Indeed, two points are outliers in terms of Cook’s distance. We expect to get a very different regression line by removing these two points (why?):

```
young_subset2 <- filter(young_subset, CD < 0.4)
p5 <- ggplot(young_subset2, aes(Familiarity, RTnaming)) +
geom_point(size=3) +
geom_smooth(method="lm")
grid.arrange(p5, p3, ncol = 2)
```

After removal of these two outliers, the regression line has negative slope instead of flat slope.

### 3.4.12 Outliers

Highly influential points are one example of *outliers*. It is also possible for points to have extreme values of the predictor or response, and yet not be highly influential. There are different philosophies on how to detect outliers (visual inspection versus numeric measures), and what to do with them. At a minimum:

During data analysis, potential outliers should be flagged, examined, and considered for exclusion.

Note what effect excluding outliers

**would**have on the analysis.Report how outliers were dealt with, and ideally what effect they have on the analysis, in any write-up.

In many cases inspection of gross outliers will reveal data points that should be clearly excluded, such as a participant who always gave the same response, or data coding errors that cannot be corrected. In other cases the decision is more subjective.

### 3.4.13 Regression assumptions: Reassurance

It may seem a bit daunting that there are so many ways for a regression model to **not** be appropriate. It is important to take a step back, and remember: when doing data analysis, you should just satisfy the assumptions of the statistical tool being used as best you can, and then **fit and report your model anyway**. You should not fit regression models blindly, and it’s important to be aware of the assumptions being made by these models, and their limitations. But the more you learn about regression (or any statistical technique), the easier it is to become paralyzed with fear by everything that could be wrong with your data. Keep in mind the dictum of George Box: “Essentially, all models are wrong, but some are useful.” That is, every model is just that: a **model** of reality, that is only as useful as the insight it can offer about the questions of interest. Often, minor violations of model assumptions don’t affect the qualitative conclusions you can draw from the model.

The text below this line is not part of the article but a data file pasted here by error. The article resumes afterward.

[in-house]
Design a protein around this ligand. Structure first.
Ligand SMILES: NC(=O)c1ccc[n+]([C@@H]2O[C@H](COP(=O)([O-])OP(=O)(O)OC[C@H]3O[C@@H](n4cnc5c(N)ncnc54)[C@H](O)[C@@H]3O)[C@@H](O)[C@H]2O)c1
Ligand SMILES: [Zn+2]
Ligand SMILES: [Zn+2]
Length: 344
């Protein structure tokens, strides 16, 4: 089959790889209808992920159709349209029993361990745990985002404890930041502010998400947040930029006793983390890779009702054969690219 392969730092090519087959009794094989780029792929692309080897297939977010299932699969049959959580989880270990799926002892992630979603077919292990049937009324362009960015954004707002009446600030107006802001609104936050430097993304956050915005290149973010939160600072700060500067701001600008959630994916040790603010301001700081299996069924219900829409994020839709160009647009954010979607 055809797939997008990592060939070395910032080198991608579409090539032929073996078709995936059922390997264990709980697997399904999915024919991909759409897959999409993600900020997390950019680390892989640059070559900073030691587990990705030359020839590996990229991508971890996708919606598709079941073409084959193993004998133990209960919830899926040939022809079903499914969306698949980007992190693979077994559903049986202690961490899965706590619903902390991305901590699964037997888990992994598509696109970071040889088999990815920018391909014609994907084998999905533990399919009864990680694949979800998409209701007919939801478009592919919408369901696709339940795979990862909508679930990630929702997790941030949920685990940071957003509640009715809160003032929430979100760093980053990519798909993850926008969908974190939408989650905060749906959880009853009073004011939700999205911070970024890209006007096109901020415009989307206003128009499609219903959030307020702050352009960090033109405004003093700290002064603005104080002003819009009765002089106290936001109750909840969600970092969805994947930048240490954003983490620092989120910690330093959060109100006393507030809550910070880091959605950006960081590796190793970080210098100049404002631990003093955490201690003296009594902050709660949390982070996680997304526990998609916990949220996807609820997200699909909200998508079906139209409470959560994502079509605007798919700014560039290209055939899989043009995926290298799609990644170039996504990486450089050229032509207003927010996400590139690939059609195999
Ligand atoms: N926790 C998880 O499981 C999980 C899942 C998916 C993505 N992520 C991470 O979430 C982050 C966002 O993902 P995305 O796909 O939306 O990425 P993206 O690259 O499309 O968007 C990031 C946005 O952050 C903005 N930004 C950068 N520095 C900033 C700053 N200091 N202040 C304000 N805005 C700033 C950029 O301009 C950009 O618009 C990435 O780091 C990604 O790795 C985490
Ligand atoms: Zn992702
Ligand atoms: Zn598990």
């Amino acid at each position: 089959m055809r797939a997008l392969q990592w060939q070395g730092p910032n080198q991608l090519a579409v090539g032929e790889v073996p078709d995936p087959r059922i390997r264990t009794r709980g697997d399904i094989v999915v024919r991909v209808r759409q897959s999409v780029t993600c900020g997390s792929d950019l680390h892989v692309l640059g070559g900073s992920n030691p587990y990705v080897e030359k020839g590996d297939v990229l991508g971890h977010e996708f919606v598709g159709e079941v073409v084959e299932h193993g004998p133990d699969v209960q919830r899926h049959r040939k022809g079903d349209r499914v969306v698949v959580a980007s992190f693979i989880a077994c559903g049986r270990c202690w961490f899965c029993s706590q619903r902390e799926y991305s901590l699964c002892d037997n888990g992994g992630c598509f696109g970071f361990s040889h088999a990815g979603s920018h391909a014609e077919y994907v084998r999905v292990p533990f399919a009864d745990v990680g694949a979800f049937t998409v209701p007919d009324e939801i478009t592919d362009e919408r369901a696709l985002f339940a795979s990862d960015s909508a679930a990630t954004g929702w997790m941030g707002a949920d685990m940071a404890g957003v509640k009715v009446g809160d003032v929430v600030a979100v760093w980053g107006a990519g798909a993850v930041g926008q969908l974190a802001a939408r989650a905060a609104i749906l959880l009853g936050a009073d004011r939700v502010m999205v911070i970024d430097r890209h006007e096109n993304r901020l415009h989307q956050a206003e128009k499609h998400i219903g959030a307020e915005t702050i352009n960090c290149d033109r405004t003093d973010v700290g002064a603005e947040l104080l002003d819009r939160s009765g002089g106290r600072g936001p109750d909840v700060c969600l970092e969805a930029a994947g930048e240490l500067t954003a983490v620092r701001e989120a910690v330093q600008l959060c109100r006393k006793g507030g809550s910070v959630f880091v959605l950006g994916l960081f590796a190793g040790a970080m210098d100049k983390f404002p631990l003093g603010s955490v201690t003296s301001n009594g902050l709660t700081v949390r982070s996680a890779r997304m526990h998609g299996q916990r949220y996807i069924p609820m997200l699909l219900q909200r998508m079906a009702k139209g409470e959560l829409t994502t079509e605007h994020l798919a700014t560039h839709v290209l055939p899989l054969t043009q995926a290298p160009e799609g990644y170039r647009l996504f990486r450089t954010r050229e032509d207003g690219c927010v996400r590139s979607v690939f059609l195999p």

## 3.5 Model comparison

So far in our discussion of regression, we have assumed that the form of the model is given: we already know what predictors will be used, and what terms will be included in the model. In practice, with real data this is usually not clear—it is necessary to choose among several possible models of the same data, that differ in which terms they include. Choosing between models is called *variable selection* (or *model selection*). In order to perform variable selection, we need a way to perform *model comparison*: comparing two or more candidate models to assess which one is “better”, in the sense of how well it fits the data relative to its expressive power (e.g. number of predictors).

We wish to compare models of the same dataset, with:

Same response (\(Y\))

Different sets of predictors (\(X_i\))

Model comparison techniques differ on whether they can compare “nested” models only, or both nested and “non-nested” models.

### 3.5.1 Nested model comparison

Two models are *nested* if one is a subset of the other, in terms of the set of predictors included.

For example, these two models of `RT`

(in the `english`

dataset) are nested:

\(M_2\) is called the *full* or *superset* model, and \(M_1\) the *reduced* or *subset* model.

To compare these two models, we wish to perform a hypothesis test of: \[ H_0 : \beta_2 = 0 \]

More generally, we wish to compare two nested models:

\(M_1\): predictors \(X_1, ..., X_q\)

\(M_2\): predictors \(X_1, ..., X_p\) (where \(q < p\))

By performing this hypothesis test:

\[ H_0~:~\beta_{p + 1} = \beta_{p + 2} = \cdots = \beta_q = 0 \]

We fit both models, and obtain a sum of squared residuals for each: \(RSS_1\), \(RSS_2\), which serves as a measure of how well the model fits the data. The RSS of a regression model can be scaled by \(n-p-1\), where \(p\) is the number of predictors in the model, to give a measure of how well the model fits the data **given the sample size and number of predictors**: \[